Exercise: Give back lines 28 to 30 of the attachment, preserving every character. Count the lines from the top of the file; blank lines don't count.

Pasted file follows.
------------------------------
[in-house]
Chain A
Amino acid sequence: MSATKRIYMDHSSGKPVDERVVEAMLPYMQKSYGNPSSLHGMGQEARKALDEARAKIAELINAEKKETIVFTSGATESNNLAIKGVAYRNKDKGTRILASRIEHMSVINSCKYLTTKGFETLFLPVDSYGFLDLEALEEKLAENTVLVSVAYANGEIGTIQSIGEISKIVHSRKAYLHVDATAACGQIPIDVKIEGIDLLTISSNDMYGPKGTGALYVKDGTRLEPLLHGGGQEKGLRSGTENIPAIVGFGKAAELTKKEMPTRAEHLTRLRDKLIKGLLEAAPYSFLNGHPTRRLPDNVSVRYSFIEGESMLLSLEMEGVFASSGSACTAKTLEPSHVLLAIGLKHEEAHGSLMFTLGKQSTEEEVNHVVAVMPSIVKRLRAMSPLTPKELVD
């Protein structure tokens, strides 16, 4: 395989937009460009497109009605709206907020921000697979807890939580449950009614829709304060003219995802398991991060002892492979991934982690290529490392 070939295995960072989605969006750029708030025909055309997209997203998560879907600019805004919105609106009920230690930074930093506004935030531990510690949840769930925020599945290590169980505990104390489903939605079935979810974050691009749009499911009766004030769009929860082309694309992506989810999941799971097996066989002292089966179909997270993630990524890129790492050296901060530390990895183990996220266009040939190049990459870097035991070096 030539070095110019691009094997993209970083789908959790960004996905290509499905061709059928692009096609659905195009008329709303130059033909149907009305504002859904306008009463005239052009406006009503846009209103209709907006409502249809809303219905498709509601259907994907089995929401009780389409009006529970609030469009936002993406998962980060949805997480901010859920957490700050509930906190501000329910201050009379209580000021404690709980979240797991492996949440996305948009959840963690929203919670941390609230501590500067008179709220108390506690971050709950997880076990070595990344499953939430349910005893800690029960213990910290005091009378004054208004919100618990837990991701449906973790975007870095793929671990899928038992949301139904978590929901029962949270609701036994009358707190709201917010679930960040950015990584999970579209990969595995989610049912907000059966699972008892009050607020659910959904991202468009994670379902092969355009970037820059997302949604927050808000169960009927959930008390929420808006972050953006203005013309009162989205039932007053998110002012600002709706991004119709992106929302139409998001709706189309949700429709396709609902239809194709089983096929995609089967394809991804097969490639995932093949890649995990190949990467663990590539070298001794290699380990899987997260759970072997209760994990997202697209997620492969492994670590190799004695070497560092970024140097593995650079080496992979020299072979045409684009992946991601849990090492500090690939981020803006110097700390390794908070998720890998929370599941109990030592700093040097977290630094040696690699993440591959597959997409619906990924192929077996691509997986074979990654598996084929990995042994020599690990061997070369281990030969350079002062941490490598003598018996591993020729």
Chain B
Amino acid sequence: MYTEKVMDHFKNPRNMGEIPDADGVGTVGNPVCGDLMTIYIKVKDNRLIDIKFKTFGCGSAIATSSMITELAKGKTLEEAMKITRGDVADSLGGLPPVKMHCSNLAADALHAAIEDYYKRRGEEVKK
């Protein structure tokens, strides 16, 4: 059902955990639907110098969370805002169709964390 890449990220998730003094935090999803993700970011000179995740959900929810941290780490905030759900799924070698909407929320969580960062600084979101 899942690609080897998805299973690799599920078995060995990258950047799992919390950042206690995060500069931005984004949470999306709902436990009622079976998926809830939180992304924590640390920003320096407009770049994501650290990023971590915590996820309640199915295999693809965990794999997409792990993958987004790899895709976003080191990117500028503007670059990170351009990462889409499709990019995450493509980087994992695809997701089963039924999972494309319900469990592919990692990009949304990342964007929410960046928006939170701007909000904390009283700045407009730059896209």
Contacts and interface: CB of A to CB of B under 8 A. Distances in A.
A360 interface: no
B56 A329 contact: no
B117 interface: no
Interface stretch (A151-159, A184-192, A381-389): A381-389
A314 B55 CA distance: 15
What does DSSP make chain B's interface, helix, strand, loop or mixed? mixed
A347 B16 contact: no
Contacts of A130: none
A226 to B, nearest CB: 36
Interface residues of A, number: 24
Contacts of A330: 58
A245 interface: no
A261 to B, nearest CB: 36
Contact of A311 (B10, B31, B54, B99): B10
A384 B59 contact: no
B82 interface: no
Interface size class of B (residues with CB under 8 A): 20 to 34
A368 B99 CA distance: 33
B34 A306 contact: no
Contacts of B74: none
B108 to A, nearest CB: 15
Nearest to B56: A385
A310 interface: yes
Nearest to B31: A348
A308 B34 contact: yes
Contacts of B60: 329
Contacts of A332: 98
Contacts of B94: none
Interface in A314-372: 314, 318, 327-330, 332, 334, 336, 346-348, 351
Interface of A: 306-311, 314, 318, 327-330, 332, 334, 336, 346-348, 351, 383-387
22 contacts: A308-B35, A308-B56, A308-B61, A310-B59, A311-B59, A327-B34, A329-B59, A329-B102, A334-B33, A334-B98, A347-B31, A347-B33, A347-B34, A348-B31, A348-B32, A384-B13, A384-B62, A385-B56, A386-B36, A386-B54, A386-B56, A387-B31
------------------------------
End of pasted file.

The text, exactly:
Contacts of B74: none
B108 to A, nearest CB: 15
Nearest to B56: A385